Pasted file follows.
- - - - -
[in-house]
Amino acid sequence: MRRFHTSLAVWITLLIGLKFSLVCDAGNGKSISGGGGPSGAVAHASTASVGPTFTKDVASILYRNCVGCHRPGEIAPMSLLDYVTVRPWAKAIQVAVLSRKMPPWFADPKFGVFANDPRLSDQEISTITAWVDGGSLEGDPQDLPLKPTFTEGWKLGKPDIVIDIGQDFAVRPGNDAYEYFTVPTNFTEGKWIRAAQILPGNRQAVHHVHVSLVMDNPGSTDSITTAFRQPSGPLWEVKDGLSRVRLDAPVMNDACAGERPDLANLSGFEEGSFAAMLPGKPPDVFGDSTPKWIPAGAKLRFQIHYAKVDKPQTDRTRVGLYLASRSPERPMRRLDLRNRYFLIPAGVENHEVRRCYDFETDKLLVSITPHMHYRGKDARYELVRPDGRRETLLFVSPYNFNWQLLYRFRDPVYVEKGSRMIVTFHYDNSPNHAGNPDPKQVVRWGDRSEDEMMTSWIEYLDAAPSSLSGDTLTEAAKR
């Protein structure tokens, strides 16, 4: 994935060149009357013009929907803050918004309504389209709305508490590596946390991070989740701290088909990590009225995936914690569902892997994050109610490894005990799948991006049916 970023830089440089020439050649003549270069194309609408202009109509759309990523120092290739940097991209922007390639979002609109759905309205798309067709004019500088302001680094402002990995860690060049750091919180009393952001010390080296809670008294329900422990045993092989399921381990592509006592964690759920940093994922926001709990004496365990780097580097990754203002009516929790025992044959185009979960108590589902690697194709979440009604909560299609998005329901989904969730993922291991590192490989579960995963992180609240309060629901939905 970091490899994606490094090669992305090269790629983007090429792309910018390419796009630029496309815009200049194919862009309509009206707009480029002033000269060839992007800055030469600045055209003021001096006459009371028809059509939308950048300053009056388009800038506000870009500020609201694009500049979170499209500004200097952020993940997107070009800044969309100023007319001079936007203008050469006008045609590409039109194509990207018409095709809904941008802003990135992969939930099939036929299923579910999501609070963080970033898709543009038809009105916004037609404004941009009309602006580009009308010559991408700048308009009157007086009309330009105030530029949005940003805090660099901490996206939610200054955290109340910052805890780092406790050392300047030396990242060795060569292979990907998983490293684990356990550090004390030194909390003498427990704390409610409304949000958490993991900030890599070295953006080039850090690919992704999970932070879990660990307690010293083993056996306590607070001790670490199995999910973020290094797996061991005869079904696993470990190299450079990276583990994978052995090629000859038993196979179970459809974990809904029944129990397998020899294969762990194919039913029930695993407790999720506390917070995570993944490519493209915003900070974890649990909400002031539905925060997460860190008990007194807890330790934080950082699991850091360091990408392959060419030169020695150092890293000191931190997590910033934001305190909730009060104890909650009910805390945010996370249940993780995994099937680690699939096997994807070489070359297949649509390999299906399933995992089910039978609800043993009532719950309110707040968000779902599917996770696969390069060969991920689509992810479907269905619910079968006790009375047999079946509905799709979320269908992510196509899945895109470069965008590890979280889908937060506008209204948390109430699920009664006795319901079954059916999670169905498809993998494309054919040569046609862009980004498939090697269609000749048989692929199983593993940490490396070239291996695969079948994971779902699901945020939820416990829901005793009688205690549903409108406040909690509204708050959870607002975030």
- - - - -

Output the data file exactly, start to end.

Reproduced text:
[in-house]
Amino acid sequence: MRRFHTSLAVWITLLIGLKFSLVCDAGNGKSISGGGGPSGAVAHASTASVGPTFTKDVASILYRNCVGCHRPGEIAPMSLLDYVTVRPWAKAIQVAVLSRKMPPWFADPKFGVFANDPRLSDQEISTITAWVDGGSLEGDPQDLPLKPTFTEGWKLGKPDIVIDIGQDFAVRPGNDAYEYFTVPTNFTEGKWIRAAQILPGNRQAVHHVHVSLVMDNPGSTDSITTAFRQPSGPLWEVKDGLSRVRLDAPVMNDACAGERPDLANLSGFEEGSFAAMLPGKPPDVFGDSTPKWIPAGAKLRFQIHYAKVDKPQTDRTRVGLYLASRSPERPMRRLDLRNRYFLIPAGVENHEVRRCYDFETDKLLVSITPHMHYRGKDARYELVRPDGRRETLLFVSPYNFNWQLLYRFRDPVYVEKGSRMIVTFHYDNSPNHAGNPDPKQVVRWGDRSEDEMMTSWIEYLDAAPSSLSGDTLTEAAKR
């Protein structure tokens, strides 16, 4: 994935060149009357013009929907803050918004309504389209709305508490590596946390991070989740701290088909990590009225995936914690569902892997994050109610490894005990799948991006049916 970023830089440089020439050649003549270069194309609408202009109509759309990523120092290739940097991209922007390639979002609109759905309205798309067709004019500088302001680094402002990995860690060049750091919180009393952001010390080296809670008294329900422990045993092989399921381990592509006592964690759920940093994922926001709990004496365990780097580097990754203002009516929790025992044959185009979960108590589902690697194709979440009604909560299609998005329901989904969730993922291991590192490989579960995963992180609240309060629901939905 970091490899994606490094090669992305090269790629983007090429792309910018390419796009630029496309815009200049194919862009309509009206707009480029002033000269060839992007800055030469600045055209003021001096006459009371028809059509939308950048300053009056388009800038506000870009500020609201694009500049979170499209500004200097952020993940997107070009800044969309100023007319001079936007203008050469006008045609590409039109194509990207018409095709809904941008802003990135992969939930099939036929299923579910999501609070963080970033898709543009038809009105916004037609404004941009009309602006580009009308010559991408700048308009009157007086009309330009105030530029949005940003805090660099901490996206939610200054955290109340910052805890780092406790050392300047030396990242060795060569292979990907998983490293684990356990550090004390030194909390003498427990704390409610409304949000958490993991900030890599070295953006080039850090690919992704999970932070879990660990307690010293083993056996306590607070001790670490199995999910973020290094797996061991005869079904696993470990190299450079990276583990994978052995090629000859038993196979179970459809974990809904029944129990397998020899294969762990194919039913029930695993407790999720506390917070995570993944490519493209915003900070974890649990909400002031539905925060997460860190008990007194807890330790934080950082699991850091360091990408392959060419030169020695150092890293000191931190997590910033934001305190909730009060104890909650009910805390945010996370249940993780995994099937680690699939096997994807070489070359297949649509390999299906399933995992089910039978609800043993009532719950309110707040968000779902599917996770696969390069060969991920689509992810479907269905619910079968006790009375047999079946509905799709979320269908992510196509899945895109470069965008590890979280889908937060506008209204948390109430699920009664006795319901079954059916999670169905498809993998494309054919040569046609862009980004498939090697269609000749048989692929199983593993940490490396070239291996695969079948994971779902699901945020939820416990829901005793009688205690549903409108406040909690509204708050959870607002975030």